That is exactly why I skipped the Focus when I went car shopping. It hurt because i had a 2005 Focus that was a great car. Why ford had to monkey with that success. They should have just offered a stick shift for those that wanted sporty performance(which was probably 1% of all Focus buyers as most just wanted a small gas friendly point A to B car)
I know GM and Ford say small cars are dead but the truth is that small crappy cars (like the Focus and Cruze) are dead. Plenty of Civics, Fits, Corollas, Elantras and Fortes are being bought.
It is more proof that American OEMs cannot, for reasons not clear nor completely understood, build a quality small car, yet every other OEM can and does just that.
It all comes down to a fact that it costs about the same for an OEM to build a large or small car, and the profit margin in small cars is horrible for USA based OEMs. The American heritage is that small is cheap. A small car is thus a cheap car. They built small cars at a loss to get people into the brand and then move them up to the full sized higher margin cars. Europeans and Asians were used to smaller cars, and ownership of larger cars is both more expensive and more of a hassle in spaced starved cities of those areas. Those OEMs could build a more luxuriously appointed small car and make a good margin on it. They can sell you a stripped down or fully loaded small car, then move you up to a larger one, and all the while make decent profit.
I don’t know that the American OEMs will ever get this right. The time for sedans is quickly fading, and we see higher margins baked into the costs of CUVs built off the small car platforms. Maybe the US brand small CUVs will do as well or better than the foreign based ones, but I don’t know if the Americans will find another way to muck it up. They usually do.
I had zero problems on my 2012 Focus Titanium hatch. Two years, 5K miles isn’t much, but it was all stop/go town driving. Tight little car. Miss it.
ST and RS were manual-only, and the ST competed directly with the VW GTI and its’ well-regarded DSG. Ford probably knew by then that the PowerShift wouldn’t take any more power than they were already putting in it.
The base models had a higher-than-expected manual take rate, at least early on when they were all the buff books’ top-recommended compact, but are true unicorns used. I expect the resale value having the PS’ rep baked into it leads people to hold on to them.
If Mark Fields were smart, he’d answer: “Uh, what’s a transmission, Your Honor?”.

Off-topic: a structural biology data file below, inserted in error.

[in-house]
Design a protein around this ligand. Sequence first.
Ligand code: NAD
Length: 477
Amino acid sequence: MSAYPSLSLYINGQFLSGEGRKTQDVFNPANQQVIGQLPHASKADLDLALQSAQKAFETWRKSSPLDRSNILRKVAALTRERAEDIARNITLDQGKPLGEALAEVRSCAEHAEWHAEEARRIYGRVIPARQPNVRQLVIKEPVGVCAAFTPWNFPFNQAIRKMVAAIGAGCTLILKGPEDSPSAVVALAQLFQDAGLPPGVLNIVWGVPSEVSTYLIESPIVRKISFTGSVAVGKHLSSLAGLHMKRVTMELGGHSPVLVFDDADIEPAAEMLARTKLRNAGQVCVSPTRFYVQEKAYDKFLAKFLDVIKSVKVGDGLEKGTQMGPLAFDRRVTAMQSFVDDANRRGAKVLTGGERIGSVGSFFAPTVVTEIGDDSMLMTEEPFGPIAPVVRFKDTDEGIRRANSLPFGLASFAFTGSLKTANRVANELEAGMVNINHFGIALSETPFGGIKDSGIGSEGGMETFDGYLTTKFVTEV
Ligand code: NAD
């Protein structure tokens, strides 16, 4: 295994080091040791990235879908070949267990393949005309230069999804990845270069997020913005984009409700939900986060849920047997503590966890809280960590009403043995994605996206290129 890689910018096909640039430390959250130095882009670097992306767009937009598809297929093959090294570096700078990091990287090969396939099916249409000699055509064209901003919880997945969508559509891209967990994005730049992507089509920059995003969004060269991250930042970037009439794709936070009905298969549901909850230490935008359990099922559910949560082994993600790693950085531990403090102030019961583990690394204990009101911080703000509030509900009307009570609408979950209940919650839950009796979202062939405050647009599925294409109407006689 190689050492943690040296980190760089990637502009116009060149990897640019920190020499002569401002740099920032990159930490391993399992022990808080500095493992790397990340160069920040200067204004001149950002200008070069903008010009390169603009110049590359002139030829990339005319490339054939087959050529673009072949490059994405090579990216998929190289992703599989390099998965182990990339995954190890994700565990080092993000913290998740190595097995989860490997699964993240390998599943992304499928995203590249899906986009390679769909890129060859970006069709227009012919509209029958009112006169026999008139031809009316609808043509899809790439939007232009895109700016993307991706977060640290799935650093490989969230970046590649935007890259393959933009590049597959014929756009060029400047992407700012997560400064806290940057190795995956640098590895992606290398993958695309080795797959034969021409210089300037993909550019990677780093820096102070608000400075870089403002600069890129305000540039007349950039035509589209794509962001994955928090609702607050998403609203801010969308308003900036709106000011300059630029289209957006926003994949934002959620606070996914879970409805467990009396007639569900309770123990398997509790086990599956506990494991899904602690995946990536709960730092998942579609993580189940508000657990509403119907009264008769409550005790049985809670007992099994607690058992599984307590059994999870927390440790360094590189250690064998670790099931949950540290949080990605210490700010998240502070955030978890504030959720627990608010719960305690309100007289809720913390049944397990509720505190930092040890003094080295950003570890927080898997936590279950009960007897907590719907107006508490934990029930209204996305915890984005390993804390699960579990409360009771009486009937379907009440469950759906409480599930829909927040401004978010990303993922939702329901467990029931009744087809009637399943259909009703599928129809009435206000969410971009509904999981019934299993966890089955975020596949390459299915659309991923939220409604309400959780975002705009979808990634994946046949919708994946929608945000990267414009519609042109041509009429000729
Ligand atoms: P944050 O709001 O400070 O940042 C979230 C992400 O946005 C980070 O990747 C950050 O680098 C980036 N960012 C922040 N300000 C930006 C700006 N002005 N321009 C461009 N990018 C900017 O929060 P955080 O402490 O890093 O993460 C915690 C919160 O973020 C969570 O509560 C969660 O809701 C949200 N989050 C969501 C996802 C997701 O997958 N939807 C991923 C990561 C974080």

Mark could pull a Ronald Regan reply of “I don’t remember” as per the Iran-Contra Affair.
I feel like I have dodged a bullet.
My 2012 Focus (gone now) was a five speed manual.
My 2015 Transit Connect (essentially a box on Focus running gear) fortunately has a different six speed automatic – “6F-35” versus “DPS6” in the Focus/Fiesta.
This sums up the difference between Ford and, say, Honda. Honda turned out some very turdish automatic transmissions for several years in their V6 cars and vans. But Honda extended warranties and did significant goodwill discounts even for older vehicles that were not purchased new.
Ford takes the American way, which is to go down fighting. Yes, they will save some money, but how many customers will never darken a Ford showroom ever again?
Honda generally does offer more “goodwill” repairs for their customers. But to be fair, we are talking about the company that knew about the Takata air bag defects and hedged on recalling their cars until they were forced to by the government.
Ok, apparently it’s way more complicated than I made it out to be:
I would never buy a car with airbags. I don’t like them an am pleased to own a car without them.
As far as FORD’s transmission “issues” carmakers have always tried to gloss over their mistakes. Reading that article about the ill-fated Crosley automobile and their use post-WWII of the COBRA engine with the warned-of problems that were ignored. Ignoring known-about problems and going ahead anyway is rather common with the auto industry is it not?
I for one would not consider a Focus or Fiesta for that reason. There seems to be a lack of fundamental honesty, a lack of transparency, a lack of integrity about the whole affair. And if that is Ford’s mindset on the transmissions, it makes me wonder what other issues the cars may develop.